Fireman Sam creator says he doesn't see a 'stereotype problem' after London Fire Brigade controversy
David Jones, himself an ex-firefighter, who created the popular programme set in the fictional Welsh town Pontypandy and began working on the idea for Fireman Sam (Sam Tan in Welsh) in the late Eighties after hearing Mike Young talking about his cartoon project Super Ted.
The show was first broadcast in November 1987 on Welsh TV channel S4C, and is now shown in more than 155 countries around the world.
Senior fire officer Alex Johnson told the Daily Telegraph earlier this week that "most of the job is nothing like it is portrayed" in the show. The London Fire Brigade also recently criticised an episode of Peppa Pig that began with the narrator saying: "Mummy pig is dressed as a fireman."
"Come on, we've not been fireman for 30 years," the official Fire Brigade Twitter account wrote. "You have a huge influence on kids [and] using out of date stereotypical gender-specific wording prevents young girls from becoming firefighters."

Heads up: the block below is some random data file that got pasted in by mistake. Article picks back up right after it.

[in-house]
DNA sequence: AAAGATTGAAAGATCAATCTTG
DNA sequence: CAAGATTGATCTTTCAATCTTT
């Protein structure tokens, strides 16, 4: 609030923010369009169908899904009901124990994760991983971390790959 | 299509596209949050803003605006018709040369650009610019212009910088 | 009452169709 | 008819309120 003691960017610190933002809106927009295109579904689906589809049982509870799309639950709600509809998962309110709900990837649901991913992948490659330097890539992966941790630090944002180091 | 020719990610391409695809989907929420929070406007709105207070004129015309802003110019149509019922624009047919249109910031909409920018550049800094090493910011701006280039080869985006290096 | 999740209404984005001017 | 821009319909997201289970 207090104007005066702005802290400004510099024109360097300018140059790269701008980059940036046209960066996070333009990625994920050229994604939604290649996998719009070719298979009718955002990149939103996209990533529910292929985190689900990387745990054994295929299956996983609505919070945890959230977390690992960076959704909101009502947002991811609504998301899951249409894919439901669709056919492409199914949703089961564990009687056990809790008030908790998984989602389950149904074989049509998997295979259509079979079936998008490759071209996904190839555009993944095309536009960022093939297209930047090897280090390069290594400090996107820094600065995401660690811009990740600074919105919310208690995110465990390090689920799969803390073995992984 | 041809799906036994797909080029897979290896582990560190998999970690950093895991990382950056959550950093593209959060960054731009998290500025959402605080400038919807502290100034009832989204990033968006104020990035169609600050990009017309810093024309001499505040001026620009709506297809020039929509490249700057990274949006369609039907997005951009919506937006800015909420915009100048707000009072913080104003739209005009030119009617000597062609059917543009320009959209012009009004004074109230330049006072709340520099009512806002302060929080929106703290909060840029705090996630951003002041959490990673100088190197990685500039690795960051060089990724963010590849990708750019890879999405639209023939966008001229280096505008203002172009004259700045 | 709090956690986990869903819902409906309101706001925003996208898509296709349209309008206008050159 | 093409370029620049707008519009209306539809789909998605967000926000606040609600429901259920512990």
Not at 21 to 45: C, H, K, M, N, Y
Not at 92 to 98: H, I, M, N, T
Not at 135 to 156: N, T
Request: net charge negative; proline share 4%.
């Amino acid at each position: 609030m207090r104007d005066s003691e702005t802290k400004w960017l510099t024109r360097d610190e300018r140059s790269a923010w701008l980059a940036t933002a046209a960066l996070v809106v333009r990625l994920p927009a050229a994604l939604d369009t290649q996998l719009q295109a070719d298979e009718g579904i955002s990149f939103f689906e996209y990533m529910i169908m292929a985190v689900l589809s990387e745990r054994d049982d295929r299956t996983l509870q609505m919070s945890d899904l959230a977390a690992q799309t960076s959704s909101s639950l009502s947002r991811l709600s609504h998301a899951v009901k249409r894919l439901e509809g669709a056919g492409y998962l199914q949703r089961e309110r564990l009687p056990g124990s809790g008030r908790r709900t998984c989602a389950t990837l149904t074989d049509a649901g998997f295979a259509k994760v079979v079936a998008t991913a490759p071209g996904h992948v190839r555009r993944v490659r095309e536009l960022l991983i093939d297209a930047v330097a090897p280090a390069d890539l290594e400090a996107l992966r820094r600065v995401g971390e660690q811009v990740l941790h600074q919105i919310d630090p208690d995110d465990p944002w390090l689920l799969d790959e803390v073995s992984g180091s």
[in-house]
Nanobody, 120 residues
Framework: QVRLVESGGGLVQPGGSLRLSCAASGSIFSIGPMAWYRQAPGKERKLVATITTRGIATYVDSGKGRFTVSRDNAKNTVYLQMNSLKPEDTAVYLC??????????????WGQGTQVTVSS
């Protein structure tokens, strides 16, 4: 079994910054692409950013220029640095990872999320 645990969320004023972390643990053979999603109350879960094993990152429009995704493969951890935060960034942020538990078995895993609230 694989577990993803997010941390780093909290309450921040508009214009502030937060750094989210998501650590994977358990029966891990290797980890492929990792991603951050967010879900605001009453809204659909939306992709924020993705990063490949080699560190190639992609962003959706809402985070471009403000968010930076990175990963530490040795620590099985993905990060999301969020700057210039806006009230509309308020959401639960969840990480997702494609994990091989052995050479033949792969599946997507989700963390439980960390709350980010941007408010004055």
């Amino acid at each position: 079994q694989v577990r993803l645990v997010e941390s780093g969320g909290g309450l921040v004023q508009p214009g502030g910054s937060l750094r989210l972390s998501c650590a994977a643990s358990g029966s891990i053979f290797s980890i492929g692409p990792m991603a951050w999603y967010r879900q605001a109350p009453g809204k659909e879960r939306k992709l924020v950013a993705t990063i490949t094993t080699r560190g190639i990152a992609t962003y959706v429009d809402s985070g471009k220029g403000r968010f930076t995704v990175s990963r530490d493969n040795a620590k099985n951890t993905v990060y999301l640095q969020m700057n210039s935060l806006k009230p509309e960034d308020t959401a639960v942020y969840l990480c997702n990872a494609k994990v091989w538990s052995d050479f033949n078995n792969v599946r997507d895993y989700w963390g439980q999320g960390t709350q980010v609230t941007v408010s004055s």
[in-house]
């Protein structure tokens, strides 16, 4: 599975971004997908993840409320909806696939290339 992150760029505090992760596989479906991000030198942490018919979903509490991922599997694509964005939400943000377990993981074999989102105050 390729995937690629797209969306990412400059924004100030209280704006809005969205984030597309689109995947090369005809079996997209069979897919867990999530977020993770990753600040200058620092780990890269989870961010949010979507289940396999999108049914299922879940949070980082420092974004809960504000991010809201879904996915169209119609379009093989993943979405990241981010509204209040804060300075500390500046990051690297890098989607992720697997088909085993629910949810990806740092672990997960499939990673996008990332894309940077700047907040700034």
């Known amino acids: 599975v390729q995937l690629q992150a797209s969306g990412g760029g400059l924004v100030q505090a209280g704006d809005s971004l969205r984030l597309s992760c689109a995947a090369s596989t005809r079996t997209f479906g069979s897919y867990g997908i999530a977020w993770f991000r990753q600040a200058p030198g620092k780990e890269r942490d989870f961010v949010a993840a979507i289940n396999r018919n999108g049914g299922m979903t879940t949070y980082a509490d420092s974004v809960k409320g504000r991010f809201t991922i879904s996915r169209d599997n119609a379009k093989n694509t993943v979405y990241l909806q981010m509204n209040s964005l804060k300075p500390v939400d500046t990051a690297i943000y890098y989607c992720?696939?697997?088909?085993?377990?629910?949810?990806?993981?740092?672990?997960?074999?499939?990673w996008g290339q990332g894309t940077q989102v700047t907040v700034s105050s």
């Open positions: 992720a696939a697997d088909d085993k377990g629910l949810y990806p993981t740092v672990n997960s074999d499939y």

London has more than 5,000 firefighters, only 354 of whom are female. But Piers Morgan was among those fuming at what he deemed "political correctness" by the London Fire Brigade, commenting: "Why don't you go and put out fires."
Mr Jones said his show "wasn't meant to be advertised as a recruiting post... it is for children," he told the BBC.
"Someone doesn't join the fire service when they watch Fireman Sam. They wouldn't be the right people for the job if that was their mentality."
He maintained that he would change nothing about the show and said that in his 14 years as a firefighter, rushing into burning buildings was "part of the job".
"A fireman is someone who runs into the fire or towards danger when other people run away," he said. "There has been no harm done from Fireman Sam, it has only done good and I am very proud to have created it."